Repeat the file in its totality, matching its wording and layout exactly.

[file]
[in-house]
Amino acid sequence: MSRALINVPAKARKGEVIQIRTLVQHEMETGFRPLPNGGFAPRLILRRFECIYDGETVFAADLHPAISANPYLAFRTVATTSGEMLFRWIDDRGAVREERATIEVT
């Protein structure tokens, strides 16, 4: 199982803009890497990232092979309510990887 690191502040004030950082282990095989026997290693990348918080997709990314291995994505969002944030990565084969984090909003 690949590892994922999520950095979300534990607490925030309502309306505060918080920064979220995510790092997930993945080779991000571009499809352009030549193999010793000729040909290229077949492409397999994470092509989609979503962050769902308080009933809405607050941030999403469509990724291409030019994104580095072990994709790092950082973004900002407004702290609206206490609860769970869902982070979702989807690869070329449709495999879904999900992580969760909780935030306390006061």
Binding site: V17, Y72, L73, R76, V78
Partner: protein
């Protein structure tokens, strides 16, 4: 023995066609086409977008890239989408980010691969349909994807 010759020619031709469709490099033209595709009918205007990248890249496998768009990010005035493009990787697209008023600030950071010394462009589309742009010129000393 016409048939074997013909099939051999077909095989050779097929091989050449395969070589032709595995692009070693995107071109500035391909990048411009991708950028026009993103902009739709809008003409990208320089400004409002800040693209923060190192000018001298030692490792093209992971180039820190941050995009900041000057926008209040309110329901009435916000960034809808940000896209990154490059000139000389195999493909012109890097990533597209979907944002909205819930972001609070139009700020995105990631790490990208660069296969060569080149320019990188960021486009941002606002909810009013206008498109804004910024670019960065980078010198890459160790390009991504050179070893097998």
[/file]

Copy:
[in-house]
Amino acid sequence: MSRALINVPAKARKGEVIQIRTLVQHEMETGFRPLPNGGFAPRLILRRFECIYDGETVFAADLHPAISANPYLAFRTVATTSGEMLFRWIDDRGAVREERATIEVT
């Protein structure tokens, strides 16, 4: 199982803009890497990232092979309510990887 690191502040004030950082282990095989026997290693990348918080997709990314291995994505969002944030990565084969984090909003 690949590892994922999520950095979300534990607490925030309502309306505060918080920064979220995510790092997930993945080779991000571009499809352009030549193999010793000729040909290229077949492409397999994470092509989609979503962050769902308080009933809405607050941030999403469509990724291409030019994104580095072990994709790092950082973004900002407004702290609206206490609860769970869902982070979702989807690869070329449709495999879904999900992580969760909780935030306390006061």
Binding site: V17, Y72, L73, R76, V78
Partner: protein
């Protein structure tokens, strides 16, 4: 023995066609086409977008890239989408980010691969349909994807 010759020619031709469709490099033209595709009918205007990248890249496998768009990010005035493009990787697209008023600030950071010394462009589309742009010129000393 016409048939074997013909099939051999077909095989050779097929091989050449395969070589032709595995692009070693995107071109500035391909990048411009991708950028026009993103902009739709809008003409990208320089400004409002800040693209923060190192000018001298030692490792093209992971180039820190941050995009900041000057926008209040309110329901009435916000960034809808940000896209990154490059000139000389195999493909012109890097990533597209979907944002909205819930972001609070139009700020995105990631790490990208660069296969060569080149320019990188960021486009941002606002909810009013206008498109804004910024670019960065980078010198890459160790390009991504050179070893097998």